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Videogame publishers launch website attacking voice actors' union over strike [Updated]

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Update: SAG-AFTRA has issued a statement in response to the website, calling on the companies involved to take down the "counterfeit" site.

In a press release sent to PC Gamer a couple of days ago, the union states that it has "issued a demand to the public relations representative and negotiations attorney for the 11 video game corporations the union is striking. The demand directs the PR rep to immediately cease infringing the union’s trademark and desist in its promotion of a deceptive website that masquerades as a SAG-AFTRA communications platform".

"Citing the potential for confusion generated around the game companies’ use of SAG-AFTRA trademarks on this website and the absurdity of attempting such disingenuous tactics, union counsel issued a demand ordering the take down of the counterfeit website".

That website, by the way, is still online.

Original story:

A coalition of videogame companies including Activision, Disney, Electronic Arts, and Take-Two have launched a website at criticizing the SAG-AFTRA union that represents striking voice and motion capture actors. The site claims that the difference between the two sides was almost negligible, but that the union "never communicated what was on the table" to its membership ahead of the decision to walk away from negotiations. 

"Our offer of a 9% wage increase accelerates the entire payment into the first year – an improvement over the three-year, 3% per year increase that the Union was seeking. It also includes for the first time Additional Compensation for Principal Performers (who work on more than one session on a game)." the site says. "This structure for Additional Compensation is so close to what SAG-AFTRA is demanding monetarily that we believe most performers would conclude the differences are not worth striking over."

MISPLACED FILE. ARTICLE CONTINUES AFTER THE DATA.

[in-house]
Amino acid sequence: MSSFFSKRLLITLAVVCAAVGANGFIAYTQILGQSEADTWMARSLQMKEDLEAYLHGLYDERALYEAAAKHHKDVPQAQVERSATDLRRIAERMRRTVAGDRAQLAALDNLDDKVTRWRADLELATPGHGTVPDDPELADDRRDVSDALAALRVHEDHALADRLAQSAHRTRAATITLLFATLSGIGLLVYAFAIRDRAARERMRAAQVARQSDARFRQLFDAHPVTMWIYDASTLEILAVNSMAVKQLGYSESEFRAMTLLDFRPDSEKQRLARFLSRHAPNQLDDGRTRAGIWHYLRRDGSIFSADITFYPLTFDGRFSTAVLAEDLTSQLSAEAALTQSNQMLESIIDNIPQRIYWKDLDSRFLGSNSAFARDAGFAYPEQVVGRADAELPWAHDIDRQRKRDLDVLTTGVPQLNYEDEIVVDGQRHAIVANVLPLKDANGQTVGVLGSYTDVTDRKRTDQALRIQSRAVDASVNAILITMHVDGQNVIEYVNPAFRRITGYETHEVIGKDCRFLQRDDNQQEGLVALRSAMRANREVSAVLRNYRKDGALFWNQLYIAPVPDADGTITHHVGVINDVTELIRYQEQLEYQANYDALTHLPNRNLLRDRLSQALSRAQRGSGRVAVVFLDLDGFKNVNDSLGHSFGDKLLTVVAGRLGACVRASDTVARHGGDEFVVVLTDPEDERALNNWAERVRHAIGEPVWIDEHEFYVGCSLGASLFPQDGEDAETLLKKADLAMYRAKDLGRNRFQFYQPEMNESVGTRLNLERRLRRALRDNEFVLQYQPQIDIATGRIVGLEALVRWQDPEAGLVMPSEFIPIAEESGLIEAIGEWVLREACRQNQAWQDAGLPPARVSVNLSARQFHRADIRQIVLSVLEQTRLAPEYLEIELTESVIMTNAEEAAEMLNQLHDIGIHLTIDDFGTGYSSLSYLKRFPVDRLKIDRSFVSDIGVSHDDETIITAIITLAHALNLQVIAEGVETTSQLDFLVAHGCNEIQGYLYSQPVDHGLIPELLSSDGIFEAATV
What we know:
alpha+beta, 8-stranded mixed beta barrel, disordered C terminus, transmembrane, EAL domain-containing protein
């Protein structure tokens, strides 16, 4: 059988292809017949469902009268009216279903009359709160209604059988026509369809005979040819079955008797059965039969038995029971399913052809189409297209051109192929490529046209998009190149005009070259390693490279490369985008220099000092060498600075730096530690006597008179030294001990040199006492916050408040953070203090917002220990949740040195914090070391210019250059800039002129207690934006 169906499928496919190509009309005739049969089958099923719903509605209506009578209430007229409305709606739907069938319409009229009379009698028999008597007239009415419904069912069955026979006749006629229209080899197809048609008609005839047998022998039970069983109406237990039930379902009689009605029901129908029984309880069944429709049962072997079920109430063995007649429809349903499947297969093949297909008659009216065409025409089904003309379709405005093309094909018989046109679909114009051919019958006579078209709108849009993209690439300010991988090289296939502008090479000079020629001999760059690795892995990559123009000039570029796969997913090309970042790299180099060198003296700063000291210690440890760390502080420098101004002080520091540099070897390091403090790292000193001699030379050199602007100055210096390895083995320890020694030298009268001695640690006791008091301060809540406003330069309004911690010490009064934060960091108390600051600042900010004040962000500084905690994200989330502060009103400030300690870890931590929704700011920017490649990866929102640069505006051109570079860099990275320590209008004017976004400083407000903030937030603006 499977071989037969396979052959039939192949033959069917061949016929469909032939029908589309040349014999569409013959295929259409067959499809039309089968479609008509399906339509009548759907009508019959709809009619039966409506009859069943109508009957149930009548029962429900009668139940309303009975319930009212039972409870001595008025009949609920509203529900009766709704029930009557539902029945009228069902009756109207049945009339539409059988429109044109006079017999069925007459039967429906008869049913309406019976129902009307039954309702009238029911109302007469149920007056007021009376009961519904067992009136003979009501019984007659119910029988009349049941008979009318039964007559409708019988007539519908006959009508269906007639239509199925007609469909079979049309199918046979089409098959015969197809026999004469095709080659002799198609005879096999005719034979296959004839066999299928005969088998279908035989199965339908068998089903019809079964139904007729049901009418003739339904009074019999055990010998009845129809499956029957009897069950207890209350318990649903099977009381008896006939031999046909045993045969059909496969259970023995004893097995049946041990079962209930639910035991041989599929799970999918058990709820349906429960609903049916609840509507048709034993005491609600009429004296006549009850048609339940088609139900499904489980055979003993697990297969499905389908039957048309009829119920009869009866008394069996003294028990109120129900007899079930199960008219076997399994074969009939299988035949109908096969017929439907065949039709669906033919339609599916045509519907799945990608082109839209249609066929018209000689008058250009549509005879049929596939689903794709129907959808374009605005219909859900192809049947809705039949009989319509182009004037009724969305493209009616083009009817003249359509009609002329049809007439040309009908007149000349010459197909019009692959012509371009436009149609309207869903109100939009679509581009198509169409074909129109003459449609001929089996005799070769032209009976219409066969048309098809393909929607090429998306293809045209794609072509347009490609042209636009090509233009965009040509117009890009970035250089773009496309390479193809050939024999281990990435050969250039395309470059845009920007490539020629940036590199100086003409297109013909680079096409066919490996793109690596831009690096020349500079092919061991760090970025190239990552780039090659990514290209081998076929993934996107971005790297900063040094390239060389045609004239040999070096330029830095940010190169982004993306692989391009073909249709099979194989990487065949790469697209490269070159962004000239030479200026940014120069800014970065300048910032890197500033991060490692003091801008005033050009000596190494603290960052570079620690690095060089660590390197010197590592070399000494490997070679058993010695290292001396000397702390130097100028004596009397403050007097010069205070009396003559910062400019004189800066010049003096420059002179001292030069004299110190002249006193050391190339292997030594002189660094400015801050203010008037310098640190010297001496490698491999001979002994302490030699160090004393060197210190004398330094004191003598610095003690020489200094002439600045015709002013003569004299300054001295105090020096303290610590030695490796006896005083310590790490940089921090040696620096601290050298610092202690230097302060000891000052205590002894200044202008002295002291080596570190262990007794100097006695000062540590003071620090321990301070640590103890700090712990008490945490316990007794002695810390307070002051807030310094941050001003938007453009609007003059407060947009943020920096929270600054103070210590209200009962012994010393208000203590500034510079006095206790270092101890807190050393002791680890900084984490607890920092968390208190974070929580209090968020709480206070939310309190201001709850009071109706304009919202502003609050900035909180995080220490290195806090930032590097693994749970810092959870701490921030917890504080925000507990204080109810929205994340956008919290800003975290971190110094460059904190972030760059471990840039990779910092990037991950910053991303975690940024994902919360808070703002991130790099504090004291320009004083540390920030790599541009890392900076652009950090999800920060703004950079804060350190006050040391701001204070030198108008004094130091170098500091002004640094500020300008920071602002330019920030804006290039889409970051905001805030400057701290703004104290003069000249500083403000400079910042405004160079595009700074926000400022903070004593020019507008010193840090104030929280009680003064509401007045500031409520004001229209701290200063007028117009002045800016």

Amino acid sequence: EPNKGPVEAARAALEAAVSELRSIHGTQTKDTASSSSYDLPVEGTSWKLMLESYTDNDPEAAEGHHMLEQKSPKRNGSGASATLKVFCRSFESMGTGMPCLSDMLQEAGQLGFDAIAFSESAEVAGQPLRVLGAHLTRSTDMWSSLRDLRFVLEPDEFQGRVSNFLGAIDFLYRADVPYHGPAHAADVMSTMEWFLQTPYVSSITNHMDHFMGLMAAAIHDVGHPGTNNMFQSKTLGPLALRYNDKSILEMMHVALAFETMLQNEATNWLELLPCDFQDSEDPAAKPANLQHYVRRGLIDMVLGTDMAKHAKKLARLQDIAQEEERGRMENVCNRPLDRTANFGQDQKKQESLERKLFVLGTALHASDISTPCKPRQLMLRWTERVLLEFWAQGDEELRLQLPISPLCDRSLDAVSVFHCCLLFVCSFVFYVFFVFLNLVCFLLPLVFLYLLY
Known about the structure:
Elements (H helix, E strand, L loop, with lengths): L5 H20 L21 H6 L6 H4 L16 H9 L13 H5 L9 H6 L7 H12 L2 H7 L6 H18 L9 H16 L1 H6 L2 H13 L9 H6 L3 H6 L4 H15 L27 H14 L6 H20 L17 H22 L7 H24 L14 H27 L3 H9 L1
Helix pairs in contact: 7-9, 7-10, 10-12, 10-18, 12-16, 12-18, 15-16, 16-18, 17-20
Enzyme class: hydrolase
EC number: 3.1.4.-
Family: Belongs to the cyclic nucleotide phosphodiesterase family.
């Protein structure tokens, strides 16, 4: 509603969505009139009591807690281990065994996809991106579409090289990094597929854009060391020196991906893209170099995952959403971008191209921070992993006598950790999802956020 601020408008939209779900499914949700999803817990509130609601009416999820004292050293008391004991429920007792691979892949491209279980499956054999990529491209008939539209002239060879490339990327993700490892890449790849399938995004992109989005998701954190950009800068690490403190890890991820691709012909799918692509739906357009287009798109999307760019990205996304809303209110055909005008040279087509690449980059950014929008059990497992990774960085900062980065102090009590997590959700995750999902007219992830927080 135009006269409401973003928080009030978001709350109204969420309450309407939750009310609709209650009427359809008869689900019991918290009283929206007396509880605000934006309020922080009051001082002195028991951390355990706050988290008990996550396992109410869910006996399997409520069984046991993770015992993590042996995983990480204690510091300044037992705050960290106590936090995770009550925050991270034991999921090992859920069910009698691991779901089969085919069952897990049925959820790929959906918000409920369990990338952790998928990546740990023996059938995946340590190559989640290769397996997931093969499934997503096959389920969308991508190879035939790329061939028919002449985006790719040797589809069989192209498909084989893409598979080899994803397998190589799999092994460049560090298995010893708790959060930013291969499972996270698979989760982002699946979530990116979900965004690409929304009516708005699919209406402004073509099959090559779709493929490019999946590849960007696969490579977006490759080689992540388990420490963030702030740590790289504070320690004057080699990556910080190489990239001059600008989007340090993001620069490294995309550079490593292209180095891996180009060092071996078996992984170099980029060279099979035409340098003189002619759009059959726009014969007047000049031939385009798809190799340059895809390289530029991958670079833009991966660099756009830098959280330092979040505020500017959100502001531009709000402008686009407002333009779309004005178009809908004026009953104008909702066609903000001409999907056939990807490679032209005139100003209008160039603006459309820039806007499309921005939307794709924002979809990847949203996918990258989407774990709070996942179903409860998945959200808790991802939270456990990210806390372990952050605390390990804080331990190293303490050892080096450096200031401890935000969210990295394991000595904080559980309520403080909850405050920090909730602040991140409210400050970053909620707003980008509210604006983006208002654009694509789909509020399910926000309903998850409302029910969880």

The site offers a detailed breakdown of what the union wants and what the game companies offered, including wage increases, transparency, and relief from vocal stress. It even includes a handy color-coded comparison chart for your industrial dispute edification. There are also links to publisher-friendly news stories and tweets from the SAG-AFTRA Videogames account. But it's the effort to drive a wedge between union members and its leadership that stands out. 

"SAG-AFTRA: Let your members vote on the Companies’ proposal," the site says. "A prolonged strike only benefits non-union video game producers and non-union performance interests within the video game industry. It will also discourage the unorganized majority of developers and publishers from working with SAG-AFTRA in the future." 

I have to think that the remark about non-union performers would be a particularly pointed barb from the union's perspective, since it only represents a minority of performers to begin with: Less than 25 percent of the game currently on the market feature performers who are members. I've reached out to SAG-AFTRA for comment and will update when I receive a reply. 

Thanks, Polygon.

Andy has been gaming on PCs from the very beginning, starting as a youngster with text adventures and primitive action games on a cassette-based TRS80. From there he graduated to the glory days of Sierra Online adventures and Microprose sims, ran a local BBS, learned how to build PCs, and developed a longstanding love of RPGs, immersive sims, and shooters. He began writing videogame news in 2007 for The Escapist and somehow managed to avoid getting fired until 2014, when he joined the storied ranks of PC Gamer. He covers all aspects of the industry, from new game announcements and patch notes to legal disputes, Twitch beefs, esports, and Henry Cavill. Lots of Henry Cavill.